Knopf’s THE LONG TAKE by Robin Robertson Wins Walter Scott Prize
Robin Robertson’s THE LONG TAKE, published by Alfred A. Knopf, has won the £25,000 (about $31,470) 2019 Walter Scott Prize for Historical Fiction, which “celebrates quality, and innovation of writing in the English language, and is open to books published in the previous year in the U.K., Ireland or the Commonwealth… the majority of the storyline must have taken place at least 60 years ago.” Robertson is the first Scot and first poet to win the prize in its 10-year history.
The judges said, in part: “THE LONG TAKE recounts the inner journey of Canadian veteran Walker as he travels from New York to Los Angeles and San Francisco attempting to rebuild his life after living through the horrors of war in Europe. In poetry of the utmost beauty, Robin Robertson interweaves themes from the great age of black and white films, the destruction of communities as cities destroy the old to build the new, the horrors of McCarthyism and the terrible psychological wounds left by war.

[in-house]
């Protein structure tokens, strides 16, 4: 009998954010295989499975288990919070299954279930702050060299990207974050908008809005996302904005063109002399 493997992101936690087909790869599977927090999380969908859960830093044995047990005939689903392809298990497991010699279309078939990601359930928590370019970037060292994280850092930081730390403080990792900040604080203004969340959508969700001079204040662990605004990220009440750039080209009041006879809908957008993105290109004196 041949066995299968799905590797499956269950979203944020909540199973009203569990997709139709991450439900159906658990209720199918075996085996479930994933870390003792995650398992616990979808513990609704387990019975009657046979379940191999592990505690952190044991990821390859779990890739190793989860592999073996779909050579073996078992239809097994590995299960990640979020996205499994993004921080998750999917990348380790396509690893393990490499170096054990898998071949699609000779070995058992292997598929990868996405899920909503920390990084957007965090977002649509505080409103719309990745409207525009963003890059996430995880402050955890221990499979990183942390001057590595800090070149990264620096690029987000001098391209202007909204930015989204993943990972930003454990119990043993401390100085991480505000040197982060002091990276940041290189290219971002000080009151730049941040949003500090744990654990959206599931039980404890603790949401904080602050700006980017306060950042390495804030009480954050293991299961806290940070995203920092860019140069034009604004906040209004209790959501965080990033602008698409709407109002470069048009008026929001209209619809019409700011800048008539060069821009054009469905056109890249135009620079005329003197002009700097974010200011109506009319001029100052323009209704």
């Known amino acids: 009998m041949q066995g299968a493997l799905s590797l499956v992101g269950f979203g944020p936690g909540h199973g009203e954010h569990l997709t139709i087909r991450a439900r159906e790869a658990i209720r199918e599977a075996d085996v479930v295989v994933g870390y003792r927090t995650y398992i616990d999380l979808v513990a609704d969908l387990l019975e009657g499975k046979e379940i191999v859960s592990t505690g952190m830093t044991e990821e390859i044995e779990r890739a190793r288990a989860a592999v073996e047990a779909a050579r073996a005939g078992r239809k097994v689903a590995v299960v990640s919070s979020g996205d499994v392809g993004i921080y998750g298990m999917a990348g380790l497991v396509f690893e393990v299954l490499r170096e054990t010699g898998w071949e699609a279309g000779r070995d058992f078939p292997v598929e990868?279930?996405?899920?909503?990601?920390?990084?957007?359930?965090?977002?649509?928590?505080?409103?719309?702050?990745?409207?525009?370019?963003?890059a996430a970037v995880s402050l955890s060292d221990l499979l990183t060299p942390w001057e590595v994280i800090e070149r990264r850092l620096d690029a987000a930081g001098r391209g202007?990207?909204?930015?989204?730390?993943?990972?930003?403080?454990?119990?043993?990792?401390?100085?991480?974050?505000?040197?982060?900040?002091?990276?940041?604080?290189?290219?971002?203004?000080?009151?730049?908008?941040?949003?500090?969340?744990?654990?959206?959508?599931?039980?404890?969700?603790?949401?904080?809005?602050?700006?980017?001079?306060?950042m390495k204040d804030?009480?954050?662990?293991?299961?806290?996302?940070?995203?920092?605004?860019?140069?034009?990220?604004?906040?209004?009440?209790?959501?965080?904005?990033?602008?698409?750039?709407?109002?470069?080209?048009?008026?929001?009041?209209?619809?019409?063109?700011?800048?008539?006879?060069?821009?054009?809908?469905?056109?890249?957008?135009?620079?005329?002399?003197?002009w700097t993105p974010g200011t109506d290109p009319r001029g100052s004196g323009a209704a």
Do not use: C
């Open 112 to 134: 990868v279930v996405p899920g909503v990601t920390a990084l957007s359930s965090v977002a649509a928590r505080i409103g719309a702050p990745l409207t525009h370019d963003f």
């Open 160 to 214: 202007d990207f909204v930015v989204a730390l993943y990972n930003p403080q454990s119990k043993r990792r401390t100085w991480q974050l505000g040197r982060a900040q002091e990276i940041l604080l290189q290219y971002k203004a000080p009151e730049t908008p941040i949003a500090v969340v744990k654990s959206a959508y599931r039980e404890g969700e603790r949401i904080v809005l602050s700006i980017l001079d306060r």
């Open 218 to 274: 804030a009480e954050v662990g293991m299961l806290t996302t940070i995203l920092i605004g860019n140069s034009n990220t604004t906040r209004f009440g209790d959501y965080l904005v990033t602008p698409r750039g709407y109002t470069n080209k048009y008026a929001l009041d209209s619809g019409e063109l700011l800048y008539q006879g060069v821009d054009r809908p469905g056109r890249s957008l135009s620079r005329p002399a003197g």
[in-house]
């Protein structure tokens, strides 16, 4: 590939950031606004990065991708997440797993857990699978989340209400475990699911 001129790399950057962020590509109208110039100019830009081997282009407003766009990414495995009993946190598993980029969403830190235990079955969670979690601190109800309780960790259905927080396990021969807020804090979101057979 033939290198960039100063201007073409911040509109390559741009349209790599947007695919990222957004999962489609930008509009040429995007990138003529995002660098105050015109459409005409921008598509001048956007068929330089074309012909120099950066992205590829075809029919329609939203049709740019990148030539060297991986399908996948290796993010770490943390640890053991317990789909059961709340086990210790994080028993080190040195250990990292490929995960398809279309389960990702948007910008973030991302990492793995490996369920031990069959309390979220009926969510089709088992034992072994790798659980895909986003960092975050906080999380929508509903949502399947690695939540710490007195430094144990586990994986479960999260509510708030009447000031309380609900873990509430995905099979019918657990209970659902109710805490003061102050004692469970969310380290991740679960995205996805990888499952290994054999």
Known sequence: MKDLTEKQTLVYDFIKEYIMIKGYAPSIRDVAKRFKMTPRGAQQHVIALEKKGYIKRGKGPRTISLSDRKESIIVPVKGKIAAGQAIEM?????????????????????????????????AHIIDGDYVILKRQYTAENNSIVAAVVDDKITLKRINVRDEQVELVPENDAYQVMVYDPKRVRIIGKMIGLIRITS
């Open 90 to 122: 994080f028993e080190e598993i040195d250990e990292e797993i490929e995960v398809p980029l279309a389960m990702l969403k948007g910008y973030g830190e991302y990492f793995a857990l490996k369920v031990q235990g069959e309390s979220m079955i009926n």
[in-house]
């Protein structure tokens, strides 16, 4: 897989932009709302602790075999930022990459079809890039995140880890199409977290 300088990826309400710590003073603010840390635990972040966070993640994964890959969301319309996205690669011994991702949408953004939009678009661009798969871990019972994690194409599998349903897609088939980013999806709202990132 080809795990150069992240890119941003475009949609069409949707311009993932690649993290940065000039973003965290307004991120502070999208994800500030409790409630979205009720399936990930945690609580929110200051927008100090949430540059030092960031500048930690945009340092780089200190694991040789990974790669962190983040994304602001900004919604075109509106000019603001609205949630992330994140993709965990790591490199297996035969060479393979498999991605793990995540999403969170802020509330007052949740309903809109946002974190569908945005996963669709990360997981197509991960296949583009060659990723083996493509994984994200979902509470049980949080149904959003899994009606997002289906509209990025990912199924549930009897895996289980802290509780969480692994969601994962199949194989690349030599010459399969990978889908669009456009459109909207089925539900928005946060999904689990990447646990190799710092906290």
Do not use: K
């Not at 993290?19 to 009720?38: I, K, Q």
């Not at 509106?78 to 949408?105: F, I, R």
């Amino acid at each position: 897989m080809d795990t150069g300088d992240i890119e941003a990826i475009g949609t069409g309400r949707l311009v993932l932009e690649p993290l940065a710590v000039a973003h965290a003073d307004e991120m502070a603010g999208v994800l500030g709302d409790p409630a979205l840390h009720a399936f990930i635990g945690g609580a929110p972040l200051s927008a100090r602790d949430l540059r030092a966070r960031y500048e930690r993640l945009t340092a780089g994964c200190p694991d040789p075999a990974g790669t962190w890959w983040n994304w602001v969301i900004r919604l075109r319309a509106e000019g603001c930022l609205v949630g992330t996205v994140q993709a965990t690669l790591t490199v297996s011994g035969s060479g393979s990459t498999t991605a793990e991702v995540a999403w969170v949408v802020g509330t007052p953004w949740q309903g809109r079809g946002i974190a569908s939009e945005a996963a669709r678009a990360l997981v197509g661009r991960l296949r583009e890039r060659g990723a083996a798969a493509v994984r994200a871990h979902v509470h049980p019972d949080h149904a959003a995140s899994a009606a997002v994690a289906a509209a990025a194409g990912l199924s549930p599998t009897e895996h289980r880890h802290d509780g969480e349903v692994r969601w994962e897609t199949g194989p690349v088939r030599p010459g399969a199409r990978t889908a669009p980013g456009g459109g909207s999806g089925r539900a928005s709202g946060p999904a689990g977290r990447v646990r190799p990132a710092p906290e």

“Robertson shows us things we’d rather not see and asks us to face things we’d rather not face. But with the pulsing narrative drive of classic film noir, the vision of a poet, and the craft of a novelist, THE LONG TAKE courageously and magnificently boosts the Walter Scott Prize into its next decade.”
Set in the great American cities after the Second World War, the book features a combination of verse and prose the judges likened to that of Sir Walter Scott. Upon accepting his award, Robertson, originally from the north-east coast but now living in London, said he had started as a poet and then moved into narrative fiction “by accident.”
According to the judges, “The prize was founded both to acknowledge the part historical fiction plays in our literary landscape and to broaden and deepen the meaning of the term ‘historical fiction’ itself. Since then, many of the finest writers in English have explored historical themes in increasingly original ways, making the task of choosing a winner ever more difficult. It seems right that in our 10th anniversary year we should celebrate this originality by awarding the prize to a novel written in compelling narrative verse.”
Our warm congratulations to Mr. Robertson and everyone at Knopf.